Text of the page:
The International Heliophysical Year has officially begun (Feb. 19, 2007) -- two years dedicated to a better understanding of the how the Sun affects the Earth and the other planets in the Solar system. The initiative started with an event at the United Nations in Vienna.
The Sun produces the solar wind -- a stream of charged particles that blows across the planets of the solar system, including the Earth. Whilst the Earth's magnetic field protects us from most of the effects of the solar wind, we still experience the consequences of massive events on the Sun, both as a threat to satellites and power systems and as the beautiful aurora seen at the poles.
International Heliophysical Year (IHY) is a multinational coordination effort both to raise awareness of the relationship between the Sun and the Earth and also to drive a programme of collaborative scientific research in this important field. The UK was one of the founding countries of IHY, and the science programme is being coordinated from the CCLRC Rutherford Appleton Laboratory in the UK.
To mark the launch of International Heliophysical Year, scientists have released the first dramatic images of a Coronal Mass Ejection taken with the UK-built HI cameras on the STEREO mission. Prof. Richard Harrison of the Rutherford Appleton Laboratory, Principal Investigator for the HI cameras and one of the original proposers of IHY said: "It is wonderful for the UK that we are able to deliver these first dramatic pictures right at the start of IHY".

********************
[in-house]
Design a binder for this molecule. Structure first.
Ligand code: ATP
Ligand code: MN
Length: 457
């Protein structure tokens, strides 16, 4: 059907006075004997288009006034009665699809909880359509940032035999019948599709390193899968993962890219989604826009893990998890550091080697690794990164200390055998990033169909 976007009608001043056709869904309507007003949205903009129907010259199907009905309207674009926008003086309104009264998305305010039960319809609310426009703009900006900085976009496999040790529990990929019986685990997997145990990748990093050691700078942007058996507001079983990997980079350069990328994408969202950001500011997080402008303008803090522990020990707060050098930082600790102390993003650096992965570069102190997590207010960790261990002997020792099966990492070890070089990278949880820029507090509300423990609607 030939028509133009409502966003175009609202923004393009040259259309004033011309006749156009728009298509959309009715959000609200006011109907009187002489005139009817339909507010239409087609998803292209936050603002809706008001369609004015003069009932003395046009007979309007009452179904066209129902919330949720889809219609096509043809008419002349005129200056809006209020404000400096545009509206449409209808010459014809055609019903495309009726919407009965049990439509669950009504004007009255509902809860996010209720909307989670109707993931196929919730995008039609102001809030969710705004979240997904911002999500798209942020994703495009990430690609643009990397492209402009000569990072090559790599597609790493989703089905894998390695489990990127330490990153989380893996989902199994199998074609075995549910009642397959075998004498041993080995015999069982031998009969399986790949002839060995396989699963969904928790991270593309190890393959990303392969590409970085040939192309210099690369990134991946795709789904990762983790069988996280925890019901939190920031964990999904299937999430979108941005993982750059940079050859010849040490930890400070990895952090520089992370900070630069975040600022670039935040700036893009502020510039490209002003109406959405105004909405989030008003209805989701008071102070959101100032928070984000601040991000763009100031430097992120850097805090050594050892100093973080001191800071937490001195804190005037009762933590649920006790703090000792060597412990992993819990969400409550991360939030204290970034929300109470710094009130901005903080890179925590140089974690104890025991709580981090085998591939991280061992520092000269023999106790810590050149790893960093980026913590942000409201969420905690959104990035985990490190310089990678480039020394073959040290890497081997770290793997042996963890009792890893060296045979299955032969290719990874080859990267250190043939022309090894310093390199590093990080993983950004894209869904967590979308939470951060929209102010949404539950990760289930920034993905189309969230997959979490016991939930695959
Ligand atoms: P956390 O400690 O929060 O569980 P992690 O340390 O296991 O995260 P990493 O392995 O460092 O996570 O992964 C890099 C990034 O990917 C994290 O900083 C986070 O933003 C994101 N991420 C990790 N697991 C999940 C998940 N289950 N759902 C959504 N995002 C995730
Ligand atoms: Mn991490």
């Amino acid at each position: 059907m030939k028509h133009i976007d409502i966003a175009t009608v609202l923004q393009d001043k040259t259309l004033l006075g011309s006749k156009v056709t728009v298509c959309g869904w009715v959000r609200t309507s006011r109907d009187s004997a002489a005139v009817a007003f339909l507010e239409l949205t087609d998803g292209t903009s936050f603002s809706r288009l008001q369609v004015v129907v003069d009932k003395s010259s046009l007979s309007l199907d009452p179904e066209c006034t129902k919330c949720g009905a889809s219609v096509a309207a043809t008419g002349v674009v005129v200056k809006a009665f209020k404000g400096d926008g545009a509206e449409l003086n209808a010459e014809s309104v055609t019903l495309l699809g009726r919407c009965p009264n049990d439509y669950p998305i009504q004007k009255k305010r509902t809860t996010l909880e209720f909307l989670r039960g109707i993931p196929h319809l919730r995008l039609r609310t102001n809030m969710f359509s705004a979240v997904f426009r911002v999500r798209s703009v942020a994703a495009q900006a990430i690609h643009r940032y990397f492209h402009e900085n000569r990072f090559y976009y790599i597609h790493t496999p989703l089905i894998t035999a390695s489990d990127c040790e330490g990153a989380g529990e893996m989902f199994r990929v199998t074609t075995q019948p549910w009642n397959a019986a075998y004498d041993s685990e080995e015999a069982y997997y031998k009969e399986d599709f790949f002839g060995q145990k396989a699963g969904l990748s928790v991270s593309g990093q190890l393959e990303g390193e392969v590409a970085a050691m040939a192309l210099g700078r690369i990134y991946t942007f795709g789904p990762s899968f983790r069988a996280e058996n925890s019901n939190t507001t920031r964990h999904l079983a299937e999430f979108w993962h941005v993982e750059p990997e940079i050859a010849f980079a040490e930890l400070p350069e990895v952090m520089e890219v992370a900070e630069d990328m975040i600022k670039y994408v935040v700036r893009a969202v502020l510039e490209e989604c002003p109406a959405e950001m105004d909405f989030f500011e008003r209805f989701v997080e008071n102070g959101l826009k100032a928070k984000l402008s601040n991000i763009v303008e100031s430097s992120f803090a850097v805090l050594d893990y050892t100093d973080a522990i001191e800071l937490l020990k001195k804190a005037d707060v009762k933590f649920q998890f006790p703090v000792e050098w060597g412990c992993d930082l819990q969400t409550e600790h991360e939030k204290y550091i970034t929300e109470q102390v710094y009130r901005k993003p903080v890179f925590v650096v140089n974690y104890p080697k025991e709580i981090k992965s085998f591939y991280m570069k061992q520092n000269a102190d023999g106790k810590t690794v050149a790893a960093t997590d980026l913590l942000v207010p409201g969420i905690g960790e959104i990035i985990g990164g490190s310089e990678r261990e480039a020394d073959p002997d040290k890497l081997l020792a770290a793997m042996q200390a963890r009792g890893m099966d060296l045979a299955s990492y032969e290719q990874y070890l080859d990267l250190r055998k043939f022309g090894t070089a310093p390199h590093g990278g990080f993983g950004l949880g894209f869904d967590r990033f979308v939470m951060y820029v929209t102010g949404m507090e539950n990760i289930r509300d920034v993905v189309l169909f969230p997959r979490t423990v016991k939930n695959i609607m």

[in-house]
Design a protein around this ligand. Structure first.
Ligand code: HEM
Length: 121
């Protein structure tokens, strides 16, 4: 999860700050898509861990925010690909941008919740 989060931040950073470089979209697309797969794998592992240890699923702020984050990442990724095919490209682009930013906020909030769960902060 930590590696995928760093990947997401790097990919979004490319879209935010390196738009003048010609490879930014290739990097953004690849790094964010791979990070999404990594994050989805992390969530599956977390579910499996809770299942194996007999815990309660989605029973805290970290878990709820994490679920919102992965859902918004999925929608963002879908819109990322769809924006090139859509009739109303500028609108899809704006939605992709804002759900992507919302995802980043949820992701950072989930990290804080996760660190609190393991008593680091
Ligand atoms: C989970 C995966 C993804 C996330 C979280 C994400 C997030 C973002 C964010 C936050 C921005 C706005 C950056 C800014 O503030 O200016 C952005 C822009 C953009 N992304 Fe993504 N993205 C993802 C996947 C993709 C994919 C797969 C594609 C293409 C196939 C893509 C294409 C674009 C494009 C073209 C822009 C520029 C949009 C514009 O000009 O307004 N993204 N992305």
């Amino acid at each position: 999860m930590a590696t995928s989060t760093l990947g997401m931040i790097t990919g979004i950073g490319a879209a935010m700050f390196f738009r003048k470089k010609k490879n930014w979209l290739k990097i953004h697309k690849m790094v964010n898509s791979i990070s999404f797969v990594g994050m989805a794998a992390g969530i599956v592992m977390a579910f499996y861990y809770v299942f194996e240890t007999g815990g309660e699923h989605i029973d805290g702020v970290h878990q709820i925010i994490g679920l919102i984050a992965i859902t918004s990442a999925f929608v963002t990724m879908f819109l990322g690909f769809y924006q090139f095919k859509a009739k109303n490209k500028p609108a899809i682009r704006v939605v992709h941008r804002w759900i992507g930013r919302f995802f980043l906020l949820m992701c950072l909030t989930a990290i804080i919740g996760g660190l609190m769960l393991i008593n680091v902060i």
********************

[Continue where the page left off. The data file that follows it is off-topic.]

Dr Lucie Green of UCL's Mullard Space Science Laboratory is outreach co-ordinator for IHY in the UK. She explains "Many people imagine the Sun to be a docile disc in the sky. In reality it is a seething fireball of high-energy explosions. Sometimes these explosions throw off huge clouds of debris, known as Coronal Mass Ejections (CMEs). These can be ejected in any direction, but some come directly towards the Earth, posing a threat to astronauts, satellites and even ground-based electricity distribution systems. The more we understand about the way the Sun relates to its environment, the better we can protect humanity from this 'space weather'."
Professor Keith Mason, Chief Executive of the Particle Physics and Astronomy Research Council said "2007 will be a significant year in developing our understanding of the Sun-Earth relationship. We will learn a great deal about the Sun from the recently launched Hinode and STEREO spacecraft and co-ordinate those results with what we see closer to home, with for example the 4 Cluster satellites studying the upper atmosphere and the EISCAT ground radar in Svalbard."
NASA's STEREO mission is starting to return data on the Sun and in the coming months will release unique panoramic views from the Sun to Earth as well as the first 3D images of the Sun ever. Today, scientists provided a teaser of what is to come, with pictures of a CME that erupted on 24th January 2007.
Another mission that will provide new data this year is NASA's THEMIS mission to study the Aurora, successfully launched late on Friday 16th February.
During IHY scientists aim to use observations taken with Hinode and STEREO to learn more about CMEs. A new tool will be developed at the CCLRC Rutherford Appleton Laboratory that will allow the prediction of CMEs that are Earth directed. These CMEs are then tracked along their journey to the Earth using the STEREO spacecraft. The tool identifies regions that have dimmed as a result of the expelled material.
Cite This Page: